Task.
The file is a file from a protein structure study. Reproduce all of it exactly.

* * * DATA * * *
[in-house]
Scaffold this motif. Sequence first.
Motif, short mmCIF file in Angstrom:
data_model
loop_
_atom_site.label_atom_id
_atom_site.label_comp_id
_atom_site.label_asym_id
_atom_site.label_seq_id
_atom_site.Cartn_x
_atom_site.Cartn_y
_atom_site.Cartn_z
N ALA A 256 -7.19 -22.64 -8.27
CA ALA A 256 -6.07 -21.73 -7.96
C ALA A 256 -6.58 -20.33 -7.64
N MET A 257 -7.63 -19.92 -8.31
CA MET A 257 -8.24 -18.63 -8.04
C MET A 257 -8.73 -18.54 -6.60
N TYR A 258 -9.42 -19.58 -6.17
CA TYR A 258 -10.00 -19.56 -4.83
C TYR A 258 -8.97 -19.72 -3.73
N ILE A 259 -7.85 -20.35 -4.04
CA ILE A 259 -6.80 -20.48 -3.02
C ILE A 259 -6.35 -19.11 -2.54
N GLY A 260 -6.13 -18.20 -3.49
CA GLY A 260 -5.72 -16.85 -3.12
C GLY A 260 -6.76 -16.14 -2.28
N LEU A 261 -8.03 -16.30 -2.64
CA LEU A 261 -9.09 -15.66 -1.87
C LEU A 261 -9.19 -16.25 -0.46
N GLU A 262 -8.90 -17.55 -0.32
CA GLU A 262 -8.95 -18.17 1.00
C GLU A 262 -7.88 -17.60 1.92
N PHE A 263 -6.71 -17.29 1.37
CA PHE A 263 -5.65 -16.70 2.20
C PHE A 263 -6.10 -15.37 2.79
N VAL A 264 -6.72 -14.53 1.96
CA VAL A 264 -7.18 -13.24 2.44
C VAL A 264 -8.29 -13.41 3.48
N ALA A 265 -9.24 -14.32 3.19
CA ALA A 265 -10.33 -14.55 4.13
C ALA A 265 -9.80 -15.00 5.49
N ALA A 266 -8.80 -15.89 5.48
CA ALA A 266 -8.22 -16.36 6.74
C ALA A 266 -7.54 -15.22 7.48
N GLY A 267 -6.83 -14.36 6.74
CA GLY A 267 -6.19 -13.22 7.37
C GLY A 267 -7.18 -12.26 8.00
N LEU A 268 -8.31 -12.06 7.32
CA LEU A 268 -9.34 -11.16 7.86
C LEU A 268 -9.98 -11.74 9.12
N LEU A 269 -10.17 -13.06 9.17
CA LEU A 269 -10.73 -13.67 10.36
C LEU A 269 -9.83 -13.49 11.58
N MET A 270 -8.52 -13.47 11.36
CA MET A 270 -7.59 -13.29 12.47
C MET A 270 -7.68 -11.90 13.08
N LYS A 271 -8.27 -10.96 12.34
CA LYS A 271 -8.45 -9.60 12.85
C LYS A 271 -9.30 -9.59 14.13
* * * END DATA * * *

[in-house]
Scaffold this motif. Sequence first.
Motif, short mmCIF file in Angstrom:
data_model
loop_
_atom_site.label_atom_id
_atom_site.label_comp_id
_atom_site.label_asym_id
_atom_site.label_seq_id
_atom_site.Cartn_x
_atom_site.Cartn_y
_atom_site.Cartn_z
N ALA A 256 -7.19 -22.64 -8.27
CA ALA A 256 -6.07 -21.73 -7.96
C ALA A 256 -6.58 -20.33 -7.64
N MET A 257 -7.63 -19.92 -8.31
CA MET A 257 -8.24 -18.63 -8.04
C MET A 257 -8.73 -18.54 -6.60
N TYR A 258 -9.42 -19.58 -6.17
CA TYR A 258 -10.00 -19.56 -4.83
C TYR A 258 -8.97 -19.72 -3.73
N ILE A 259 -7.85 -20.35 -4.04
CA ILE A 259 -6.80 -20.48 -3.02
C ILE A 259 -6.35 -19.11 -2.54
N GLY A 260 -6.13 -18.20 -3.49
CA GLY A 260 -5.72 -16.85 -3.12
C GLY A 260 -6.76 -16.14 -2.28
N LEU A 261 -8.03 -16.30 -2.64
CA LEU A 261 -9.09 -15.66 -1.87
C LEU A 261 -9.19 -16.25 -0.46
N GLU A 262 -8.90 -17.55 -0.32
CA GLU A 262 -8.95 -18.17 1.00
C GLU A 262 -7.88 -17.60 1.92
N PHE A 263 -6.71 -17.29 1.37
CA PHE A 263 -5.65 -16.70 2.20
C PHE A 263 -6.10 -15.37 2.79
N VAL A 264 -6.72 -14.53 1.96
CA VAL A 264 -7.18 -13.24 2.44
C VAL A 264 -8.29 -13.41 3.48
N ALA A 265 -9.24 -14.32 3.19
CA ALA A 265 -10.33 -14.55 4.13
C ALA A 265 -9.80 -15.00 5.49
N ALA A 266 -8.80 -15.89 5.48
CA ALA A 266 -8.22 -16.36 6.74
C ALA A 266 -7.54 -15.22 7.48
N GLY A 267 -6.83 -14.36 6.74
CA GLY A 267 -6.19 -13.22 7.37
C GLY A 267 -7.18 -12.26 8.00
N LEU A 268 -8.31 -12.06 7.32
CA LEU A 268 -9.34 -11.16 7.86
C LEU A 268 -9.98 -11.74 9.12
N LEU A 269 -10.17 -13.06 9.17
CA LEU A 269 -10.73 -13.67 10.36
C LEU A 269 -9.83 -13.49 11.58
N MET A 270 -8.52 -13.47 11.36
CA MET A 270 -7.59 -13.29 12.47
C MET A 270 -7.68 -11.90 13.08
N LYS A 271 -8.27 -10.96 12.34
CA LYS A 271 -8.45 -9.60 12.85
C LYS A 271 -9.30 -9.59 14.13